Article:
By Watson Scott Swail, President and CEO, Educational Policy Institute
Today I write from Bogota, Colombia, where I presented yesterday at the International Forum on Student Retention in Higher Education, a large conference sponsored by the Ministry of Education of Colombia. We will provide information on this conference as it becomes readily available on the web in the next few weeks.
I was pleased to serve on a panel with Vince Tinto of Syracuse University and Michelle Asha Cooper, the President of the Institute for Higher Education Policy (IHEP). Our assignment was to talk about the foundational issues of student retention and how they mesh with the Ministry’s Vision 2019 plan; a plan in which they aspire to reduce higher education dropouts by 20 percent in the next 10 years, from 45 to 25 percent.
In conversations with these and other speakers, including Mike Kirst of Stanford University and the National Center for Public Policy and Higher Education, Terry Ishitani of the University of Memphis (who once lived in Edmonton, by chance!), and Ormond Simpson, formerly of Open University UK, we quickly came to the conclusion that the retention and graduation issues with which we struggle in North America are played out in parallels around the world. Colombia currently has challenges with academic preparation, college knowledge, access to higher education, financial aid, and success through higher education. These, as in North America, are pronounced among low-income and other historically underrepresented populations in higher education.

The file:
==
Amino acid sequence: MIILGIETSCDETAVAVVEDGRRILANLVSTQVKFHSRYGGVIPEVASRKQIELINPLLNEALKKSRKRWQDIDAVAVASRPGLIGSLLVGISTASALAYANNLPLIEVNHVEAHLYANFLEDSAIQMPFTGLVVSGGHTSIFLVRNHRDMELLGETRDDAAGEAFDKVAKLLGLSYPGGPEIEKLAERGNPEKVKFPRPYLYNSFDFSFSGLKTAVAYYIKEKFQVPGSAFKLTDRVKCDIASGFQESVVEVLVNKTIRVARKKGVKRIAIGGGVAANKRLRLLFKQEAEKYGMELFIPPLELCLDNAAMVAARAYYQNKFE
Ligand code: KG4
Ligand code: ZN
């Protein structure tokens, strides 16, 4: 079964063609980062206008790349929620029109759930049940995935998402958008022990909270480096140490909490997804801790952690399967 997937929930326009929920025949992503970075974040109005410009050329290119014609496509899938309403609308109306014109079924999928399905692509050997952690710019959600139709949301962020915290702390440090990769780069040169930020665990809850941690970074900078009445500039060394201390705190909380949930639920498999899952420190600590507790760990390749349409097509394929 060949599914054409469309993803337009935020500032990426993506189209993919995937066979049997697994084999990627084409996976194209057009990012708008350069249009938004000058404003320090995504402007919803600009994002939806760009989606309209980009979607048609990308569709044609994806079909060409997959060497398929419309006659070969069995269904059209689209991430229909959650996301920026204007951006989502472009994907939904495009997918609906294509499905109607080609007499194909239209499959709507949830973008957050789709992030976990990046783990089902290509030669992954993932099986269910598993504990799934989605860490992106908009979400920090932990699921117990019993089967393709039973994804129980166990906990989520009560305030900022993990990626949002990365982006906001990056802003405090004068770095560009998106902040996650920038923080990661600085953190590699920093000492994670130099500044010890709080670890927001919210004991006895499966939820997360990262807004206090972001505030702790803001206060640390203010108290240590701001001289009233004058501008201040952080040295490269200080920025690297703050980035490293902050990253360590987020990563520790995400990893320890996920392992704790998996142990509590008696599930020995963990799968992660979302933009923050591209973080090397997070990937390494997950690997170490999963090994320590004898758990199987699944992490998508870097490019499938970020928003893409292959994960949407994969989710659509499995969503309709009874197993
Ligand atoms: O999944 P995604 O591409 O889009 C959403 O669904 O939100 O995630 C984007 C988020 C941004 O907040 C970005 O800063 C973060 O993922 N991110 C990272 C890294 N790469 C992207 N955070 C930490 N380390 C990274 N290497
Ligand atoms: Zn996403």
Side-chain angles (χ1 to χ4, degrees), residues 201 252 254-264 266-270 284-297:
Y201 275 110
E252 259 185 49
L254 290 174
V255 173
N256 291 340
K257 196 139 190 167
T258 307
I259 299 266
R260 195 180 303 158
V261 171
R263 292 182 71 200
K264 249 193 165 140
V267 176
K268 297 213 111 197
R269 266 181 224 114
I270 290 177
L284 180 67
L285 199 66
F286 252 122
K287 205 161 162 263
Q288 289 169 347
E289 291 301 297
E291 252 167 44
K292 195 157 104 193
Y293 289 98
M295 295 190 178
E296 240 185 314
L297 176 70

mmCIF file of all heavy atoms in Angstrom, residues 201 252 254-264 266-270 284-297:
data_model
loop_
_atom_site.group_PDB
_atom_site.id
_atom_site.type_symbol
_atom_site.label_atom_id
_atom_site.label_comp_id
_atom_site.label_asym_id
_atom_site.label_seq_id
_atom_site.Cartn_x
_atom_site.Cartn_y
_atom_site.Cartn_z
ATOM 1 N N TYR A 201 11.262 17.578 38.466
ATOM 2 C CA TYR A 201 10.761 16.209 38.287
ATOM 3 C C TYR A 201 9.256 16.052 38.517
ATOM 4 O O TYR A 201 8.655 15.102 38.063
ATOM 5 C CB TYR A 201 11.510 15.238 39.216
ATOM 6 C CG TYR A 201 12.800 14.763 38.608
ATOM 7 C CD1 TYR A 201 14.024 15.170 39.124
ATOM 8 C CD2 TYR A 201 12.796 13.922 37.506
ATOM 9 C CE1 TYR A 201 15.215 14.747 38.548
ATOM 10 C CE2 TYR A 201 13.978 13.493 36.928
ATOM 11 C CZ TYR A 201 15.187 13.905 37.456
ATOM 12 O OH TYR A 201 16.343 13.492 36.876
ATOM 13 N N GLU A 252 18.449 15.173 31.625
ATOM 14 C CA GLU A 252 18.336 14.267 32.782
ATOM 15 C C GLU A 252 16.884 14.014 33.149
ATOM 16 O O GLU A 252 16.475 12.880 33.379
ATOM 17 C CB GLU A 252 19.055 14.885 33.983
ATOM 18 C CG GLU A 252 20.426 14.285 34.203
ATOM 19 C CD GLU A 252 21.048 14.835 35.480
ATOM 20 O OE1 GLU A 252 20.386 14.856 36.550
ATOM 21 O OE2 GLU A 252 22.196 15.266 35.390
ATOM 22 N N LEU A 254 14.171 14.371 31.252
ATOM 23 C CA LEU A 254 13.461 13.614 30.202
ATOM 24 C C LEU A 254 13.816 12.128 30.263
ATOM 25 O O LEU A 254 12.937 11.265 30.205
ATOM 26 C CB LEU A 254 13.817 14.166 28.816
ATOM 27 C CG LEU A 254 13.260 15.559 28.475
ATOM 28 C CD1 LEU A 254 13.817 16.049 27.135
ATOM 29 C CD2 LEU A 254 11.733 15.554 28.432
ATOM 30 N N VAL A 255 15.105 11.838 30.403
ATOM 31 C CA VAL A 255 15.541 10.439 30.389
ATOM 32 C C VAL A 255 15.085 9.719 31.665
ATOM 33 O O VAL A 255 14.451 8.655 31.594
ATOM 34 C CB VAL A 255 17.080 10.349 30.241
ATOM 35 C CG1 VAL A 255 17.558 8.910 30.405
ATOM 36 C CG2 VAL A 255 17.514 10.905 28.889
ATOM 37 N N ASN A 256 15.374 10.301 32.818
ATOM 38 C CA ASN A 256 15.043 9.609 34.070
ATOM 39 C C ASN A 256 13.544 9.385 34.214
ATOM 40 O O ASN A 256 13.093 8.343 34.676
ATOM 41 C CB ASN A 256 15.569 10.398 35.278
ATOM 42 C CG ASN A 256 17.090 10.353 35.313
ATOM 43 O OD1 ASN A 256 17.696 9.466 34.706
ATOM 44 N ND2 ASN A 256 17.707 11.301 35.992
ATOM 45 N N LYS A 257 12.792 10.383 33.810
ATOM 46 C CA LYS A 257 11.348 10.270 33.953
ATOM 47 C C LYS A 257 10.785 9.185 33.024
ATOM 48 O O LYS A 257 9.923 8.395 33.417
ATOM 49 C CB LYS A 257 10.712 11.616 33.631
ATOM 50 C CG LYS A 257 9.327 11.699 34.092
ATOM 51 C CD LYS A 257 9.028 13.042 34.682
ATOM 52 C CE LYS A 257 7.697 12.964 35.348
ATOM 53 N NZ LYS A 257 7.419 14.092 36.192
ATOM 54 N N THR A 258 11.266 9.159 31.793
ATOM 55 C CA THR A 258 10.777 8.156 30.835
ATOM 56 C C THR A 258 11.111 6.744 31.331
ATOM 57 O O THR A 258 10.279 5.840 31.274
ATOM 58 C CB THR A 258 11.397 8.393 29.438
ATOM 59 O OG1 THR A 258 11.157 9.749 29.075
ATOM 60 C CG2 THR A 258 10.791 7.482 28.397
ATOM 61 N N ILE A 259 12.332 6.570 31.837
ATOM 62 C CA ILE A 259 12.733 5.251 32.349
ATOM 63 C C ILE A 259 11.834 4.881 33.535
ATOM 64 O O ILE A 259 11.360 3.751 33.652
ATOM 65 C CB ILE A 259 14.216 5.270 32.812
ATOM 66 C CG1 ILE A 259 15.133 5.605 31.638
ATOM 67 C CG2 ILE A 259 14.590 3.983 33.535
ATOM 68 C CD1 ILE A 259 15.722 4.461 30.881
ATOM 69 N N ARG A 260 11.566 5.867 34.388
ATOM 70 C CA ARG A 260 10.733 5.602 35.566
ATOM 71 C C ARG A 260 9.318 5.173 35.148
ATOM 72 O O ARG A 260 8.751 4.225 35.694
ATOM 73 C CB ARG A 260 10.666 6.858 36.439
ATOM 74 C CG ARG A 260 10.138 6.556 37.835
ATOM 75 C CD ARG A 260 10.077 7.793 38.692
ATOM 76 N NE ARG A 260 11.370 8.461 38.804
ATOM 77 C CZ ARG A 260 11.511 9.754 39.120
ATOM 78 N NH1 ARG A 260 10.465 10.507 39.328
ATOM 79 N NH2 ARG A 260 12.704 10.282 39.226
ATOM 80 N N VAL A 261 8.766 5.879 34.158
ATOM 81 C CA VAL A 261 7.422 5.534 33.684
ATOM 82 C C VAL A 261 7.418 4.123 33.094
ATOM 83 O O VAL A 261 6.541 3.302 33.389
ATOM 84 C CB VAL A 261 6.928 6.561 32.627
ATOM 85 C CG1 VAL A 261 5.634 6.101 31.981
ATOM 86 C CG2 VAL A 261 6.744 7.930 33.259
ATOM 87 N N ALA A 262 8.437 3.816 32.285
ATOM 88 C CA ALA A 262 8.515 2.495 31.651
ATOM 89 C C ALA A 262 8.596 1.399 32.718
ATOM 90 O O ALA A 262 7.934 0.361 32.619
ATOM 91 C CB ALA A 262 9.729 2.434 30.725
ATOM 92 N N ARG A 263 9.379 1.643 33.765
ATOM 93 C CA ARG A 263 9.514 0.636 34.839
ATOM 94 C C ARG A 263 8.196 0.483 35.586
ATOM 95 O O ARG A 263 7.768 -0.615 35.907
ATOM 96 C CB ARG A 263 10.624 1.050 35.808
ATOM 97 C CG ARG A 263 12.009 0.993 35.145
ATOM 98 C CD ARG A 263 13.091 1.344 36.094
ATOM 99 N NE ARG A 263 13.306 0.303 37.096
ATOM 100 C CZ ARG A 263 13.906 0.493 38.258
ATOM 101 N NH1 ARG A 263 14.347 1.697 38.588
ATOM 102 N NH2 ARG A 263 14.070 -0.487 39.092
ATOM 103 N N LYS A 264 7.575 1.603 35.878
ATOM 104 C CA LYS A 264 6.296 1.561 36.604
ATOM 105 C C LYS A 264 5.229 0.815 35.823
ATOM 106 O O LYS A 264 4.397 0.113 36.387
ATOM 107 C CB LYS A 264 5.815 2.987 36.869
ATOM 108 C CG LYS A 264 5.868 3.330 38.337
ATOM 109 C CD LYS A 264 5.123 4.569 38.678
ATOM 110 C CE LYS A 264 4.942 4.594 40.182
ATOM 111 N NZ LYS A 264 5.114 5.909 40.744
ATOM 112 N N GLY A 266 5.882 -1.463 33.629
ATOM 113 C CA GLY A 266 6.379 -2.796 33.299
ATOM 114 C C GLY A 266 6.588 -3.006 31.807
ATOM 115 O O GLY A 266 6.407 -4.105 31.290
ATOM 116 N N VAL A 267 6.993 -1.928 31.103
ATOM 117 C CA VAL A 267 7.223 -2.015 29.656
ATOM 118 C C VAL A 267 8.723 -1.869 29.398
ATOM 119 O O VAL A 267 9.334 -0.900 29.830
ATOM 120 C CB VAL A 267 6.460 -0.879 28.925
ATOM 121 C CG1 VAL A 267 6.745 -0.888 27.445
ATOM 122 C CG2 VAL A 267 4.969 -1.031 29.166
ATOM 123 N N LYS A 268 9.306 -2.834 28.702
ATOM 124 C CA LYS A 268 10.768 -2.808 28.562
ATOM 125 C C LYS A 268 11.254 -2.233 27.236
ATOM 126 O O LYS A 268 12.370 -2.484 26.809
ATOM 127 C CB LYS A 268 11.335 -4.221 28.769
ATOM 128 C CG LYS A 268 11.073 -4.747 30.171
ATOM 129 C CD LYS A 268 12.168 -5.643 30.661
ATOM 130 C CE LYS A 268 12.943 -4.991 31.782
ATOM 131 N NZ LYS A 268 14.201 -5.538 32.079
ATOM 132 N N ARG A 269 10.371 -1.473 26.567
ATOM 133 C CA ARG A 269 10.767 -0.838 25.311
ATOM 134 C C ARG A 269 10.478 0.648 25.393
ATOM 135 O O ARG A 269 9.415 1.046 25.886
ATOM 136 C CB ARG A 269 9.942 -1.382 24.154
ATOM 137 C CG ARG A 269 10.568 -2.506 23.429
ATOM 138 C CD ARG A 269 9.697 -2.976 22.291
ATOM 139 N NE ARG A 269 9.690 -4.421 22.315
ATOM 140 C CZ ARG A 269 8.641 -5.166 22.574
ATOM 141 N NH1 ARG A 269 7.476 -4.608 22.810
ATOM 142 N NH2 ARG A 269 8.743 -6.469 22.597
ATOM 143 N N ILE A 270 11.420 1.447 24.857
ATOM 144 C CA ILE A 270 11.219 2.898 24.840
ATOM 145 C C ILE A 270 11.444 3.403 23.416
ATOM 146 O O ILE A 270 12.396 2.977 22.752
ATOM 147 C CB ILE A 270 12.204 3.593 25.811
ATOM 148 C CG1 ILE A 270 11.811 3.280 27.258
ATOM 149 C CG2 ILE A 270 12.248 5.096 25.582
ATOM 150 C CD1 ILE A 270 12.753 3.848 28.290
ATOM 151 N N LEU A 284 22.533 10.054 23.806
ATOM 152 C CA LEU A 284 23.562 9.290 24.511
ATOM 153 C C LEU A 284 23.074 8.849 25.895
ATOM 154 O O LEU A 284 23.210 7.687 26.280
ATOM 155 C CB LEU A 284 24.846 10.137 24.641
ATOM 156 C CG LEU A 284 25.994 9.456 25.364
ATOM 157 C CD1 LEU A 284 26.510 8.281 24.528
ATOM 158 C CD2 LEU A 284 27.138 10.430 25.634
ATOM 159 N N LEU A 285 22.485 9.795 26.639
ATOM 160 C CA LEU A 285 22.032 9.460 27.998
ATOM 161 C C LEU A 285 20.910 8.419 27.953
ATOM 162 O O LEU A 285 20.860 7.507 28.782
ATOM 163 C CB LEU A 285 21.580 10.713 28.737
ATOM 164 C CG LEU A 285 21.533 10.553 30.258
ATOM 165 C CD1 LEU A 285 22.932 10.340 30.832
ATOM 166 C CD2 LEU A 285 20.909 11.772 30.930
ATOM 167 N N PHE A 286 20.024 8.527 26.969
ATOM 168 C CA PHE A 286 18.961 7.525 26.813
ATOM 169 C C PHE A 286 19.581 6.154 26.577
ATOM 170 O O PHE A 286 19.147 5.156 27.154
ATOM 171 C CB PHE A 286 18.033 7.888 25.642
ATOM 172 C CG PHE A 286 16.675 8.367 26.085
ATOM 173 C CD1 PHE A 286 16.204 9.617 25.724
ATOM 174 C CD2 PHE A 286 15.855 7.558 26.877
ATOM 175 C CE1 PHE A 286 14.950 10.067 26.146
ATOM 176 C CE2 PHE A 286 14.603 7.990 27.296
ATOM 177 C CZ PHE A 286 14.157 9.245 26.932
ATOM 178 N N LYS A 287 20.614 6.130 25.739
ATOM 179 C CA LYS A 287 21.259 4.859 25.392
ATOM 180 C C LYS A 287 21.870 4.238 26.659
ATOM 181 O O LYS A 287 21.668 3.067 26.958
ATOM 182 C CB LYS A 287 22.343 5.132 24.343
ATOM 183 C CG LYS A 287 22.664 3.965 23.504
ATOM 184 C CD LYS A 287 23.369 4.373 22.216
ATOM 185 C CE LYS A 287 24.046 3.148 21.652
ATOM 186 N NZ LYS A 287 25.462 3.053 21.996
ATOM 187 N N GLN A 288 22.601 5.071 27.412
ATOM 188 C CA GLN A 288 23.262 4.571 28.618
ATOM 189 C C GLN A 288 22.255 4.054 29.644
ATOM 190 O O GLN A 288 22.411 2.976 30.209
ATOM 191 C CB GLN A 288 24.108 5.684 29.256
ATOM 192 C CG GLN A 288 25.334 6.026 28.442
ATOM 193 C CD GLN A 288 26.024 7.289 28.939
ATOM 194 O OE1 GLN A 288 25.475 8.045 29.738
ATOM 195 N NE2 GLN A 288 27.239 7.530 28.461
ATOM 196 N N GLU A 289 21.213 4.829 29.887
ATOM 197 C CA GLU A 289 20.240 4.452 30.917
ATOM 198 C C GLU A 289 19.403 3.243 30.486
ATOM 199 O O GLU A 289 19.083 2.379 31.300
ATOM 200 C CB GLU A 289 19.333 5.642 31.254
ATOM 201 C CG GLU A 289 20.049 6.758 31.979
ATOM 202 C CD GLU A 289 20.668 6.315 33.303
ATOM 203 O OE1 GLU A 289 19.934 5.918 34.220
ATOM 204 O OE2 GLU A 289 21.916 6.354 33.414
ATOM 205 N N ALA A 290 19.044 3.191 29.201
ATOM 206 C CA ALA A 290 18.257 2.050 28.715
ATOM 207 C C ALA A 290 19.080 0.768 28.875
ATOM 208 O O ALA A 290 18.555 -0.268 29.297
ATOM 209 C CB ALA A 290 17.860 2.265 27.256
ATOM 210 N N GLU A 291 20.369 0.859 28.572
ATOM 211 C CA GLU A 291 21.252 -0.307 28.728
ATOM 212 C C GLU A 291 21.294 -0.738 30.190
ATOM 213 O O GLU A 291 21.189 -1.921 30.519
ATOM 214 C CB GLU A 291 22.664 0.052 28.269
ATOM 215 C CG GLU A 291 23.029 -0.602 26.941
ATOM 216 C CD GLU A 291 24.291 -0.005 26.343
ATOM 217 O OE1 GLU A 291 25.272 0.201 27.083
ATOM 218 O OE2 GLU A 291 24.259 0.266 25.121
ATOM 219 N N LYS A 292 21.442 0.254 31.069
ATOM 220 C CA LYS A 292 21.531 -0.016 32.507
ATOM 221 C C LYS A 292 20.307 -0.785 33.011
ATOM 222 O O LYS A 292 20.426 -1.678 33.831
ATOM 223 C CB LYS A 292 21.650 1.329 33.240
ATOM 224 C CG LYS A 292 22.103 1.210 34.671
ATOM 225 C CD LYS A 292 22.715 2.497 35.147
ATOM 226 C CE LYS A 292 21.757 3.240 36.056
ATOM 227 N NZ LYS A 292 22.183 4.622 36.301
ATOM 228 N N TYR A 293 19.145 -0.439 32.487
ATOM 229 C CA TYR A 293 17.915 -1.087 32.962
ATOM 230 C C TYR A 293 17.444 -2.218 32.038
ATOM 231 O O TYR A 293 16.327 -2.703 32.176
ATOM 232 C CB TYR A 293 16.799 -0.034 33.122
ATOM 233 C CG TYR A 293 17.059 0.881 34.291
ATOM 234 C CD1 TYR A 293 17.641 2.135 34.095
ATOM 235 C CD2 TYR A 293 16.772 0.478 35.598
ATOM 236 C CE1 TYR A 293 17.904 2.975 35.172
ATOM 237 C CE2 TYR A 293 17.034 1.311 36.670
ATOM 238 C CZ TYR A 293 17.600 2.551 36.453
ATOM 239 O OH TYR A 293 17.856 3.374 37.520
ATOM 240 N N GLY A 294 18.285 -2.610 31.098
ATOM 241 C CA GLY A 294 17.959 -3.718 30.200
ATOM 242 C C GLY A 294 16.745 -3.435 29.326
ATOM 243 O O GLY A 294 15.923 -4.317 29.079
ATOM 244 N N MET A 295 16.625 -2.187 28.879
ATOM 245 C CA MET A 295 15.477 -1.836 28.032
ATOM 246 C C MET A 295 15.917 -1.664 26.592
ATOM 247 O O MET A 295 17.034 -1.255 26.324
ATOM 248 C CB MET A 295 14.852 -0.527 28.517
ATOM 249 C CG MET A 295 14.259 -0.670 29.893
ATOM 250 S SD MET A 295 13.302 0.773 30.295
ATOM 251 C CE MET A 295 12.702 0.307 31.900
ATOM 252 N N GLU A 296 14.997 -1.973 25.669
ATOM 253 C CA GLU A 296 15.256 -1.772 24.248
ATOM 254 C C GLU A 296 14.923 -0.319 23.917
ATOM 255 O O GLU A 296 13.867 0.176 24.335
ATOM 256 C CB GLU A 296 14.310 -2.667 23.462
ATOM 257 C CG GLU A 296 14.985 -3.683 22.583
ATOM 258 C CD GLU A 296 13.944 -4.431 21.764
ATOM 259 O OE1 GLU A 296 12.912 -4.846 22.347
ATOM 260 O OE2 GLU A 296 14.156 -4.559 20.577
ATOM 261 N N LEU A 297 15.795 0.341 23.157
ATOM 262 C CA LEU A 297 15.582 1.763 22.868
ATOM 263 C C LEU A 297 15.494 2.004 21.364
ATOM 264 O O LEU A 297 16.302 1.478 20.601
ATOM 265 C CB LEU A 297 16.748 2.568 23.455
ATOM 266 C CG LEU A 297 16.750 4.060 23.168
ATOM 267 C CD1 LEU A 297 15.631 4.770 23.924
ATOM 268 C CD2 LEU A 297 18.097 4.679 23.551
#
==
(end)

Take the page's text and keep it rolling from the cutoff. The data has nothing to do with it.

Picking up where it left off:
In her opening remarks, Ms. Cecilia Maria Velez White, the Minister of National Education for Colombia, stated that education is the engine of developing capacity and knowledge and that a primary goal is to improve the standard of living for poor and underprivileged citizens. This is the argument made by many politicians and officials, and they are correct in doing so. But promoting education to such a level and status is difficult work, in any country. I was reminded by my recent talk at the Student Success Conference in Columbus, Ohio, where Deborah S. Delisle, the State Superintendent of Public Instruction, described how education was the number one priority of the state. Ohio, as in other states, has made draconian cuts (a half billion in 2008 alone) to their “number one priority.” So, while the argument lives, the actions of public policy officials say much more.
Without doubt, education provides leverage for social promotion, individually and for society as a whole. A more knowledgeable society has the ability to further itself and make itself more competitive in the global economic structure. But policy drives practice. The Vision 2019 document attempts to use policy to drive this change and the achievement of their 25 percent goal.
Upon the conclusion of the Minister’s opening message, Vince Tinto kicked off with his standard and important point: access is not access if we do not give students a reasonable chance of success. Just opening the doors to higher education is not sufficient. In fact, as I rail, it may actually put students at a greater risk due to increasing financial burdens and lost opportunity cost. Vince made the point that any success in Colombia will be the result of a great effort to ensure that the safety nets are in place to help students succeed.
IHEP’s Michelle Cooper provided an overview of policy interventions in various countries focused on the retention of students. She highlighted policy interventions initiated at the government level and institutional level in four countries – Australia, Ireland, the Netherlands, and the United States. She discussed the interventions and policy content of two countries in particular, Australia and the United States. Examining the structure of their higher education system, rate of non-completion, and commonly cited reasons for student withdrawal (and I thank Michelle for helping me summarize her talking points!).
My comments focused mostly on three questions posed to me in advance, and I’ll quickly summarize.